To Hire Lucky People, Look for These 3 Traits


Why are some of your employees luckier than others?  Why do some people consistently find solutions to problems, while others just find problems?  Why are some people engaging and fun to work with – moving from success to success – while similarly qualified people seem overwhelmed with problems, and are always seem to be teetering on the edge of defeat?

Anthony Tjan wrote a post for the Harvard Business Review blog on “Why Some People Have All the Luck.”  He neatly ties together 3 attributes that “lucky” people often have:

The basic equation of developing the right lucky attitude … is quite simple. It starts with having the humility to be self- aware, followed by the intellectual curiosity to ask the right questions, and concluding with the belief and courage that something better is always possible (optimism).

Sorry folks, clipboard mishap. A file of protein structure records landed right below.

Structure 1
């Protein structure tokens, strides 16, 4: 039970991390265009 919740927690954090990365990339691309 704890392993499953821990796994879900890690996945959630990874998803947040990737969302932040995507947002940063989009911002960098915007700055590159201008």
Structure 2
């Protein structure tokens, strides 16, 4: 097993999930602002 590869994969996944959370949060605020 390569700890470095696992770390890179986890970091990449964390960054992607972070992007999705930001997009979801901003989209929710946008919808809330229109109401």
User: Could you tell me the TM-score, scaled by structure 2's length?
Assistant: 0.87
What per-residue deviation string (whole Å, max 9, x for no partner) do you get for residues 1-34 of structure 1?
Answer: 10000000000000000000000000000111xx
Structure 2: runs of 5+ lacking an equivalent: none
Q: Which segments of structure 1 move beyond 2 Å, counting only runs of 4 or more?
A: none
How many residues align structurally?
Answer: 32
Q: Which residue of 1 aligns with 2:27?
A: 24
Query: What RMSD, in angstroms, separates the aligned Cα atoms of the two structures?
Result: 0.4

Take a minute and go read the full post.  I’m convinced he’s right on the money with this.  I have long held a deep appreciation for the 3 attributes Tjan mentions, but I never really thought about how powerful they are in combination. In previous posts about what attributes to look for in an interview, I’ve often mentioned curiosity and having the courage to take risks.  I’m also a firm believer in resilience – humbly accepting your role in a failure, and then having enough optimism to get back in the game.

If you find it hard to accept “being lucky” as a hiring requirement, then consider this:  Seth Godin recently observed that fewer and fewer people will be successful at work simply by working hard – “more people now have jobs that require them to confront the risk of appearing stupid on a regular basis.”   So what attributes would help you thrive in a work environment that requires you to risk occasionally appearing stupid?  I would suggest you are looking for humility, curiosity and optimism – the exact same attributes that lead to a lucky attitude.

So whether you say you are hiring people who are lucky, or say you are hiring people who can risk appearing stupid – you are still looking for the same three traits.

If you would like to spend less time on the irrelevant, superficial aspects of interviewing, and more time understanding the deeper elements of what will make someone successful, download our Employer Guide to Interviewing